“If we get caught here, we’re fucked, we’re all fucked” – Mark Reeder on Berlin, punk and techno in the ‘80s.
By Jack Drummond
Berlin in the 1980s was a turbulent, poverty stricken city. A divided capital filled with elderly war survivors, old crumbling structures and new concrete apartment blocks. Squatters occupied once affluent neighbourhoods, police clashed with punks, and artists like Gudrun Gut, Blixa Bargeld and Nick Cave all attempted to find themselves amidst the drugs, alcohol and the endless nights of partying. A new film, B Movie: Lust and Sound in West-Berlin, 1979-89, attempts to chart the city using previously unseen archive footage and with former Factory Records representative, musician and producer Mark Reeder as its central figure. We spoke to Reeder about the movie, about secret punk gigs in East Berlin, about the Stasi and gay bars, about trance music and early techno, and about the changing face of the German capital he still calls home.
Mark Reeder is an interesting man. Brimming with energy, the first time I meet him is outside the Wintergarten Variety Theatre on Potsdamer Strasse – one of the main thoroughfares of the former West Berlin enclave. It’s now filled with art galleries, döner kebab stands and prostitutes that linger close to the pink neon sex shop on the corner. The Wintergarten is the meeting point for a tour of ‘Mark Reeder’s Berlin’, organised to promote Jörg A. Hoppe, Klaus Maeck and Heiko Lange’s B Movie. Reeder turns up with a massive grin, in a smart blue military jacket with a high starch white collar and a New Wave-esque side-parting in his tightly cropped steely hair. And yet, despite over 30 years in the city, he still hasn’t lost his Mancunian drawl.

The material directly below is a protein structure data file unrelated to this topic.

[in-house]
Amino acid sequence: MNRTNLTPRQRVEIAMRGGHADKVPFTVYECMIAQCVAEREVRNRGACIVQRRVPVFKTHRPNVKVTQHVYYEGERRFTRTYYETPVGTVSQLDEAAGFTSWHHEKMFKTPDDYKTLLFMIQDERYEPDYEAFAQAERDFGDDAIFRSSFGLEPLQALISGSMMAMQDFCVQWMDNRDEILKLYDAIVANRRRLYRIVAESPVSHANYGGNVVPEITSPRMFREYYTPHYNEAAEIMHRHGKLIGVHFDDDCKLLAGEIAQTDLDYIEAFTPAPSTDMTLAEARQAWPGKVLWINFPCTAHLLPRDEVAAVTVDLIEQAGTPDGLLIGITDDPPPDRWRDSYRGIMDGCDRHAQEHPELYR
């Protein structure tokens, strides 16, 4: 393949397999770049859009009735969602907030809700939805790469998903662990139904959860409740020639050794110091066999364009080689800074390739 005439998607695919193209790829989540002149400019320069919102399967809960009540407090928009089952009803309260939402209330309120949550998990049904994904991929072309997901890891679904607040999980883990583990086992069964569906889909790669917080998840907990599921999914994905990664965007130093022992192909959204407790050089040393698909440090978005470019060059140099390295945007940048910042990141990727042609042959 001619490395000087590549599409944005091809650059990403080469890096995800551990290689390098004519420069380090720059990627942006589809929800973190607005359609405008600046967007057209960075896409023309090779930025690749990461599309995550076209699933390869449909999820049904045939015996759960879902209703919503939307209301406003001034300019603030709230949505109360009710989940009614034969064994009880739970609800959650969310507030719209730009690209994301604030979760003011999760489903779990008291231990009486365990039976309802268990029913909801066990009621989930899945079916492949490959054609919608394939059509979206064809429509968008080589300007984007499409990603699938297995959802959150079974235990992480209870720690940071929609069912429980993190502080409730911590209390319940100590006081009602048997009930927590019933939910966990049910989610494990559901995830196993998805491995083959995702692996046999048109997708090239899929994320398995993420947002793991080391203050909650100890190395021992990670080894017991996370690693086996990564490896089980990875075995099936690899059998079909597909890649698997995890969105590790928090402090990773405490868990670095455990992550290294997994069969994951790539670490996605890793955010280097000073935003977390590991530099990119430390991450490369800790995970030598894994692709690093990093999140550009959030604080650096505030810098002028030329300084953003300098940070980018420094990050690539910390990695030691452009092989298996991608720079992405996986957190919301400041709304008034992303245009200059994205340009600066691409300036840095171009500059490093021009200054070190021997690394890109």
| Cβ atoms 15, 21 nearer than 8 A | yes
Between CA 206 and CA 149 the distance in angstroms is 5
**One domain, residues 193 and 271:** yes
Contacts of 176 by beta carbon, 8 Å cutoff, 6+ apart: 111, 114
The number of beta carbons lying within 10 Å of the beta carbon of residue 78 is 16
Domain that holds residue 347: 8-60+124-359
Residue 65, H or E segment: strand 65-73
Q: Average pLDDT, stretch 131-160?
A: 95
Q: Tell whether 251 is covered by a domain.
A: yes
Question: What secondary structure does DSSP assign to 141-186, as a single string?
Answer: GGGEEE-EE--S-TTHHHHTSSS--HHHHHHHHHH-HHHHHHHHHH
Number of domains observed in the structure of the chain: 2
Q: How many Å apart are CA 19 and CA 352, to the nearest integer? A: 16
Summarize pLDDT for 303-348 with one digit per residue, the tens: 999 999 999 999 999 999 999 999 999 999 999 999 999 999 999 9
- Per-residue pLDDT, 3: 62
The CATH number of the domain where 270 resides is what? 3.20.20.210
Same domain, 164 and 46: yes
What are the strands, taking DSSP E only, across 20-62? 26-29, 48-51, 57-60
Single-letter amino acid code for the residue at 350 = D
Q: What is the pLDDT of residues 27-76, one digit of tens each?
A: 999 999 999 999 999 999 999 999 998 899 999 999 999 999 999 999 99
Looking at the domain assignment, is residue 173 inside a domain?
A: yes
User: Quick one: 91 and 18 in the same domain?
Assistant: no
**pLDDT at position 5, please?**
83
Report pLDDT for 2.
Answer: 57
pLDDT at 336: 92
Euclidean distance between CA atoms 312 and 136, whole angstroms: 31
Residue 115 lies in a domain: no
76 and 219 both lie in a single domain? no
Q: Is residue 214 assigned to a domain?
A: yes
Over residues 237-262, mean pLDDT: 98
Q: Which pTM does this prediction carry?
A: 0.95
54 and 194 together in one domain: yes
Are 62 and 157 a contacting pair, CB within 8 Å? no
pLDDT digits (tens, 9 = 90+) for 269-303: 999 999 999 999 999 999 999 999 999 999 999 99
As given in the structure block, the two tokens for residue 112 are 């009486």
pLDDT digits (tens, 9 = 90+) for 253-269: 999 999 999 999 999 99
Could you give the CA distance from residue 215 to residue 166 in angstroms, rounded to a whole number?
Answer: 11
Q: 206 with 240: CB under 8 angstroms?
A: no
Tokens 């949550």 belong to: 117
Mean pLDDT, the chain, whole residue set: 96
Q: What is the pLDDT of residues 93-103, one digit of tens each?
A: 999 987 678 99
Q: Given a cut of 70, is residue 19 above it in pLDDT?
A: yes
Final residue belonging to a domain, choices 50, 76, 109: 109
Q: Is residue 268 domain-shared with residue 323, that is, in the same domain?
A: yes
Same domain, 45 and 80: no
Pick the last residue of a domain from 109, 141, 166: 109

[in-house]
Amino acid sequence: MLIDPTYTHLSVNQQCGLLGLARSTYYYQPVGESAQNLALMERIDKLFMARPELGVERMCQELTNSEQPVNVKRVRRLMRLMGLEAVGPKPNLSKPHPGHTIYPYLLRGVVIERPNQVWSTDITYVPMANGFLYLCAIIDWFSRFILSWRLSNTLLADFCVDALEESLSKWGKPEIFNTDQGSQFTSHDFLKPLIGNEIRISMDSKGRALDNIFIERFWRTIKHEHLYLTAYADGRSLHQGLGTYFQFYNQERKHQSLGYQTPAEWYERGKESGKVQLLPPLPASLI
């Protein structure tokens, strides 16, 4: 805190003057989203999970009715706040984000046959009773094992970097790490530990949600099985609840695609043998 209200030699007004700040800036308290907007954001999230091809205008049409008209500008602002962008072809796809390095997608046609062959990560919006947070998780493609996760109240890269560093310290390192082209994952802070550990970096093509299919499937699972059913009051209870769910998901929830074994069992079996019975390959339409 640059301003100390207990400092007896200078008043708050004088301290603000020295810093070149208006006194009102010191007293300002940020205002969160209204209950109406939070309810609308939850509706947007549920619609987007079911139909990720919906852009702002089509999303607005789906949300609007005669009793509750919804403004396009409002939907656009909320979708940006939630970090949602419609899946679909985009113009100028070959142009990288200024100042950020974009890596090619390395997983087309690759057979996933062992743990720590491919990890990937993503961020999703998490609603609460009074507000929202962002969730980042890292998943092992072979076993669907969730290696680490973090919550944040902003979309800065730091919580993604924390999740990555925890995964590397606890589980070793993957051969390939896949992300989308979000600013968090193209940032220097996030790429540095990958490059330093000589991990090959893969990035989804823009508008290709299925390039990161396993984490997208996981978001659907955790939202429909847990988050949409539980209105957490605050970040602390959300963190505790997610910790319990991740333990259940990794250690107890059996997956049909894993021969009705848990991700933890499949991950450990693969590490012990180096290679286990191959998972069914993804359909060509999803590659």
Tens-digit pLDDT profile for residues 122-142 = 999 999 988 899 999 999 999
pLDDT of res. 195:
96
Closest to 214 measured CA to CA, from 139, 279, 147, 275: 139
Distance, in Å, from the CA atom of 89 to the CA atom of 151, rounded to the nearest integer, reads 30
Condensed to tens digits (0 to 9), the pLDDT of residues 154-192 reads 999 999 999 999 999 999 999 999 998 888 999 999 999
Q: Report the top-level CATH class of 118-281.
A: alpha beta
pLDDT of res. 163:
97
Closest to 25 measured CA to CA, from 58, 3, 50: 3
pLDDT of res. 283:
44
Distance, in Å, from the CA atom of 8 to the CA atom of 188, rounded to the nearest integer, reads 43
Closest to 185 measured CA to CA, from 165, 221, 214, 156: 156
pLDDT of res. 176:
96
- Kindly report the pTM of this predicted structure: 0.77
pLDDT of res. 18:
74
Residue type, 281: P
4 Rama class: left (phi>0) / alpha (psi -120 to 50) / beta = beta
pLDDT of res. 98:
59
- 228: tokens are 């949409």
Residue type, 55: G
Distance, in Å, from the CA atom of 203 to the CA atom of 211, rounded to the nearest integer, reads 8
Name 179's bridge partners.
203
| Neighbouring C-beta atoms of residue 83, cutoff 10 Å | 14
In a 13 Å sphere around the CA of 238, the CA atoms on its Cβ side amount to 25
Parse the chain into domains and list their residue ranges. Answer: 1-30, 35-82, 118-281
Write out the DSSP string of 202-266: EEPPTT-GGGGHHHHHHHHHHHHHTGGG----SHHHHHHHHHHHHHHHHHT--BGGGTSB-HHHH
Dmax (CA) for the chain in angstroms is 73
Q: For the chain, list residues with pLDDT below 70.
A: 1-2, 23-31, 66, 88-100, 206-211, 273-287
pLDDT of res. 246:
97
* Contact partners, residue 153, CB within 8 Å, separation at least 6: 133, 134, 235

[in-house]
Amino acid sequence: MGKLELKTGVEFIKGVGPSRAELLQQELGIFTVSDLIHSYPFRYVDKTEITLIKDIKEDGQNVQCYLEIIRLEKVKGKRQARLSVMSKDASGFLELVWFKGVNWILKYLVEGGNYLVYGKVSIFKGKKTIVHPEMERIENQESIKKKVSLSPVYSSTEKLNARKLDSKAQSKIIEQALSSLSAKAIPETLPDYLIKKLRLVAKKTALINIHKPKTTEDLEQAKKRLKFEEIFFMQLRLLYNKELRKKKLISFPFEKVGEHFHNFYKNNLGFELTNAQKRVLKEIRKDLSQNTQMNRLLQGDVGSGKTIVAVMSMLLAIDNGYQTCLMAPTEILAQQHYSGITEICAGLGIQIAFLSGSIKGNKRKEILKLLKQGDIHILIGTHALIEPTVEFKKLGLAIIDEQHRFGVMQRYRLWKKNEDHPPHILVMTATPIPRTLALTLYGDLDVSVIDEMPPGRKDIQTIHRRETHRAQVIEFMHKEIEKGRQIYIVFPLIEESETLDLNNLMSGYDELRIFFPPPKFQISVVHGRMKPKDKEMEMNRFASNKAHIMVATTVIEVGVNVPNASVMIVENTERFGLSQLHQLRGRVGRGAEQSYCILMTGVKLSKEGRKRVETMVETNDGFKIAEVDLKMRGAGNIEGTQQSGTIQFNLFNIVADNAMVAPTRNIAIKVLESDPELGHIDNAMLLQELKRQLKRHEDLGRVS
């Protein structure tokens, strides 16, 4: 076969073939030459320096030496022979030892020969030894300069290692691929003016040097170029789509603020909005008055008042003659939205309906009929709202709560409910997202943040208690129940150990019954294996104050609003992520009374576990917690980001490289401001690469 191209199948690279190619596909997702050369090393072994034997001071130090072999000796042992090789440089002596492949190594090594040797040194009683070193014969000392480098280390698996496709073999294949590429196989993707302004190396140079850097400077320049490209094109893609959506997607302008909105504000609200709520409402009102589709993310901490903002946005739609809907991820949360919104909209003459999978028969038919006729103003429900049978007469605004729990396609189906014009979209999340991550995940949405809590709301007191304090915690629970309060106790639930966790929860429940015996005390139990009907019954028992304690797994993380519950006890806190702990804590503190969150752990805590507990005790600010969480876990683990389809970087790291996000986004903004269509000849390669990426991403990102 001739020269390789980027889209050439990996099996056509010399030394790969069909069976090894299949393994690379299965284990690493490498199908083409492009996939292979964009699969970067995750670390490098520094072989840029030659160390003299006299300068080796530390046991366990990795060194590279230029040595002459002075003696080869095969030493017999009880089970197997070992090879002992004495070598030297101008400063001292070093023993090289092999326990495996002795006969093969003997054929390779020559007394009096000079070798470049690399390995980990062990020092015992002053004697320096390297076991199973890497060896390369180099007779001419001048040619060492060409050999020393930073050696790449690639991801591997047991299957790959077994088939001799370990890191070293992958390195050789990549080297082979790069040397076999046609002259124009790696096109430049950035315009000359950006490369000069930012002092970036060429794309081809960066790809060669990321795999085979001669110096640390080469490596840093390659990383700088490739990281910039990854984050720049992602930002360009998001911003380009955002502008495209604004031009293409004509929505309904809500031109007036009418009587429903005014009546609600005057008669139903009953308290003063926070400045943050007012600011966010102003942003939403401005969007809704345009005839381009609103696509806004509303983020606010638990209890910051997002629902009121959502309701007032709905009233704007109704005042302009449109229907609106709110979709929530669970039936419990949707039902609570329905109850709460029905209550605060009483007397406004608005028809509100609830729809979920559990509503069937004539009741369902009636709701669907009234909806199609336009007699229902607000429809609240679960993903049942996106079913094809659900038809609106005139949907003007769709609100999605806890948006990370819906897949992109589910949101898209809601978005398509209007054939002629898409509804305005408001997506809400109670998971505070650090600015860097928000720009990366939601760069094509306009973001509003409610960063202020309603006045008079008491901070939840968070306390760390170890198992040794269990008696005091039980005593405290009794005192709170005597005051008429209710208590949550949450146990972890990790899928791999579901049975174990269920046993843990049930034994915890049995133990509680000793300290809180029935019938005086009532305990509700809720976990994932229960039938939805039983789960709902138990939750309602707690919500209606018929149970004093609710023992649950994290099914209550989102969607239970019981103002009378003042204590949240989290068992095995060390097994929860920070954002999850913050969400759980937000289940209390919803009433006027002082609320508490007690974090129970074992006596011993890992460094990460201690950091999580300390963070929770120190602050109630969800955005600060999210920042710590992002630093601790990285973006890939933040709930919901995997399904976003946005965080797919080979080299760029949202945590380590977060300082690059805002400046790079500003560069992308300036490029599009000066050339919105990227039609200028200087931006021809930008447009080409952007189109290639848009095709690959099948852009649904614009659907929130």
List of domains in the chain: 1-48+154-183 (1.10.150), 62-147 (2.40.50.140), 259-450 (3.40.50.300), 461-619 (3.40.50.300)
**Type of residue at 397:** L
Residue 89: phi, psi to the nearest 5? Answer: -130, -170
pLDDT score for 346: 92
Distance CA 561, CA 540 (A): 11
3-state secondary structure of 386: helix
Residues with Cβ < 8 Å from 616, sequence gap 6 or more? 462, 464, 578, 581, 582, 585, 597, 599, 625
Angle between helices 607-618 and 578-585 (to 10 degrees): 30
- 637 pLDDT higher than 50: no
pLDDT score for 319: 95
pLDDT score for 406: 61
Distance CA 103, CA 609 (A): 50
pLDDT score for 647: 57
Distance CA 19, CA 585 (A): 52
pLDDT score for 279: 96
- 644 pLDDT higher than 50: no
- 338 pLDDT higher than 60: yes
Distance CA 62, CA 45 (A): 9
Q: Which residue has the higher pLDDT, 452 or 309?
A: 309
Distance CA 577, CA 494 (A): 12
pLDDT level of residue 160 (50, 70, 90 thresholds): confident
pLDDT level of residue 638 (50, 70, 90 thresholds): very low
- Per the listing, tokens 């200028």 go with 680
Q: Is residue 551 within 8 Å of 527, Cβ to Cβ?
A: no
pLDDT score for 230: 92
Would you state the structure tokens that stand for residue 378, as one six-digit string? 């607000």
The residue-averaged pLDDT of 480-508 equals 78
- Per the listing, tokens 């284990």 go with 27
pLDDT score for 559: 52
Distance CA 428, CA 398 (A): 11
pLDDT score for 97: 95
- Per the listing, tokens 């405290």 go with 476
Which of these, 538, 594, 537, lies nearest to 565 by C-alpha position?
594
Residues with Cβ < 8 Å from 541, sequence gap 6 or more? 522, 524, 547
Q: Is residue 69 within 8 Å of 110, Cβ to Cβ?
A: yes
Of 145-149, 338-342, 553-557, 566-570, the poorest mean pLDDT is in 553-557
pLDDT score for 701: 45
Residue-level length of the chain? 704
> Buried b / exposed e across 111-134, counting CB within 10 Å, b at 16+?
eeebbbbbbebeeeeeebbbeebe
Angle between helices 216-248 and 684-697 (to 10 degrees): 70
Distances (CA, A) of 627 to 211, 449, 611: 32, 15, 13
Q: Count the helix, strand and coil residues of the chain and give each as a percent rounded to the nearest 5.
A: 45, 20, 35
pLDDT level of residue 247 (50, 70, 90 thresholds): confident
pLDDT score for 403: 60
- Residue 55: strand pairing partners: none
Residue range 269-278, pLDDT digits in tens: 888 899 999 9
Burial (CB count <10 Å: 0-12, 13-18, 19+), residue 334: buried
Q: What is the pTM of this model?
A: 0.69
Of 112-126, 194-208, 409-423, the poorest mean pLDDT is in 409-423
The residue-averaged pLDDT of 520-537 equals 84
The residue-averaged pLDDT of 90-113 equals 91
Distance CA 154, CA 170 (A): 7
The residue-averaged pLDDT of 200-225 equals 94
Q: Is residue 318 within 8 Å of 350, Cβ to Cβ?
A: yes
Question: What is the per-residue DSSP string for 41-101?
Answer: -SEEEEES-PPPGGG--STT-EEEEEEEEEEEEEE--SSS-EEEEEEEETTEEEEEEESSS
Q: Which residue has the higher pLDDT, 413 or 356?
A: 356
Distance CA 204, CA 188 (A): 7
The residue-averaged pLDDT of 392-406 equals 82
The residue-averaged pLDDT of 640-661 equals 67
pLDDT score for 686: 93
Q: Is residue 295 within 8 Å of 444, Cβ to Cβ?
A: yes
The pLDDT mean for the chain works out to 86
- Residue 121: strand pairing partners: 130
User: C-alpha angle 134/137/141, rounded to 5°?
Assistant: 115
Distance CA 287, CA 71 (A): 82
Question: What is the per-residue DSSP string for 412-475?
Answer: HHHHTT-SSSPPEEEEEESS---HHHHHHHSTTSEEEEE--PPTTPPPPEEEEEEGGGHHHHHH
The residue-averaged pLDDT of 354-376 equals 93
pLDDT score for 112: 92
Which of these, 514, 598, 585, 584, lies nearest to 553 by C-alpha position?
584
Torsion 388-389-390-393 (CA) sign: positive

B Movie works like a love letter to 1980s Berlin: part-documentary on the city’s music and art scene, part-biography of Reeder. It uses him as the plot’s central pin on which to hang and draw out various events in the life of the city. From early German New Wave scene hangouts, to secret punk gigs in East Berlin, artistic protests and parties on the Wall, and even the formation of the Tresor and E Werk clubs in techno’s early days once the Wall came down, Reeder’s position as someone always present, if not just slightly out of the frame, gives a unique vantage point from which to observe the city. Arguably, the things he witnessed and became involved in, on both sides of the Wall, formed crucial tenements in the formation of the Berlin identity of today: one of artistic creativity, experimentation, rawness and even constant struggle, in one way or another.
“Like I’ve said before I’m the ‘ausländer inländer’,” he grins. “Being involved within it from the outside. I was ‘the man behind the iron curtain’, and really that’s one of the main reasons why I stayed in Berlin.” Born in Manchester to working class parents, Reeder moved to Berlin after studying graphic design and a stint working at the legendary Virgin Record store in Manchester’s Lever Street. There, he cultivated his intense love of music, but quickly became bored and disaffected with the ‘dark and grimy’ northern town. He landed in the divided German city in the summer of 1979.